- Building a LinkedIn profile, posting and engaging
- Joining industry-specific Facebook groups
- Signing up for union memberships such as the NUJ
- Attending local networking events.
How do you find time to study?
If you think you’ll struggle to find time to study, break your week down into slots. Look at periods of free time, whether they’re weekends or evenings, and create an environment free from distractions. Make sure you research how many hours of study per week your new course recommends.
You may also benefit from a tutor, such as our student, Christopher. With unlimited tutor support, Christopher had somebody to hold him accountable and ensure he was prioritising his career development.
What is the best career to retrain for?
If you’re looking years ahead, you may also consider futureproofing your career. While nothing is certain, advancements suggest that hospitality, warehouse and customer service jobs may start to become ‘automated’. Rather than admitting defeat, this is a great opportunity to retrain, with the following jobs listed as some of the most ‘futureproof’:
- Data science
Of course, the idea of new technology may be daunting for some, with younger generations considered ‘digital natives’ as opposed to more mature workers. This is why it’s important to be mindful of our own circumstances and lifestyles before changing careers.
Career change ideas for all ages
In a time when ageism is at its peak, we cannot let our date of birth dictate where we want to be in our careers. However, generational differences do dictate what we want from our working lives.
For example, Generation Zs (those born between 1997 and 2012) tend to prioritise career growth, wellbeing, autonomy and diversity. By comparison, Generation Xs (those born between 1965 and 1980) value flexibility, stability and work-life balance.
The industry you choose to go into may be influenced by the decisions you’re making at this point in your life. Are you living with your parents, going to university, or supporting a family of your own? Here are some of the best career ideas for those generations already in the world of work:
What is a good career change at 30?
By age 30, you may have already established yourself in one industry, built up a savings pot, or even started a family. At this point, health and stability become more important, while you may also have the ‘hands-on’ experience to bring transferable skills to the table.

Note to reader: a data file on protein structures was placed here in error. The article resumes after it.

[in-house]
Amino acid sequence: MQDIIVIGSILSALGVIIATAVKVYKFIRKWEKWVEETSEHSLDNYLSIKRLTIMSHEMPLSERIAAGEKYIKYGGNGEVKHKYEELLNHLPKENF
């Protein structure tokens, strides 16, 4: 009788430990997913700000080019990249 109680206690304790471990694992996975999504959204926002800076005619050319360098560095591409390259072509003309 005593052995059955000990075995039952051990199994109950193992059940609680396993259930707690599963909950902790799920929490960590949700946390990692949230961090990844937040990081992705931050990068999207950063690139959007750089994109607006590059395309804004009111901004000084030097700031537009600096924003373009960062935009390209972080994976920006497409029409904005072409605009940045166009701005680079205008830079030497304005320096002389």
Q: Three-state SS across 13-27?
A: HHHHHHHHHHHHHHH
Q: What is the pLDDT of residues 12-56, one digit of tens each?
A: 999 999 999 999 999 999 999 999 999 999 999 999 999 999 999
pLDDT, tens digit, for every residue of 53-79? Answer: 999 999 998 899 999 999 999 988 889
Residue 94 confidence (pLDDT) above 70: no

Strong career changes for those in their 30s include personal training, business management and healthcare.
Starting a new career at 40
By your 40s, you will have taken time to develop your skills and identify where these can be transferred. You also have the gift of knowing life before the digital age, and making the most of it now that you’re in it.
Some may take this opportunity to sidestep into a role at their current employer – for example, moving from editorial into graphic design, giving them a more well-rounded set of skills. Others may impart their wisdom through teaching or consultancy. If you have spent years in one career, now is the time to encourage others into your industry.
Do I have time to make a career change at 50?
Yes, you can make a career change at 50 – just ask our student Mavis, who enrolled on a fictional writing course. With retirement ages getting higher and life expectancies getting longer, the over-50s are a huge market for change. In fact, one study showed that 59% of over-50s are making the change!
At this stage, you may be close to retirement or looking for part-time work. Look for ways that you can turn hobbies into paid work, such as a gardening or creative writing course.
Retraining for a job change: the pros and cons
If you are looking for a career change, you need to accept that it will take a lot of work. You will need to research the job, check it aligns with your lifestyle, and build a network around you. Before you commit, make sure you weigh up the pros and cons:
Pros of a career change
- The chance to turn a passion into paid work
- An opportunity to learn new skills
- More flexibility and work-life balance
- An escape from high-pressured industries
- Freedom to craft your career around priorities such as family
- Futureproofing your skillset for a changing jobs market.
Cons of a career change
- Time and money needed to retrain
- Uncertainty around new career ideas
- Making time for study, work and home life
- Starting on a lower salary than you’re used to
- Supporting a family while studying or working your way up.
Why Oxbridge is here to help
At Oxbridge, we believe it’s never too late to change careers. Just ask our success stories from our 50+ students, who make up an incredible 35% of us! What’s more important is that you change careers for the right reasons – to develop yourself, support those you love and focus on your health.
An online course is the first step in the right direction. Sign up for a new course and start your career change journey today.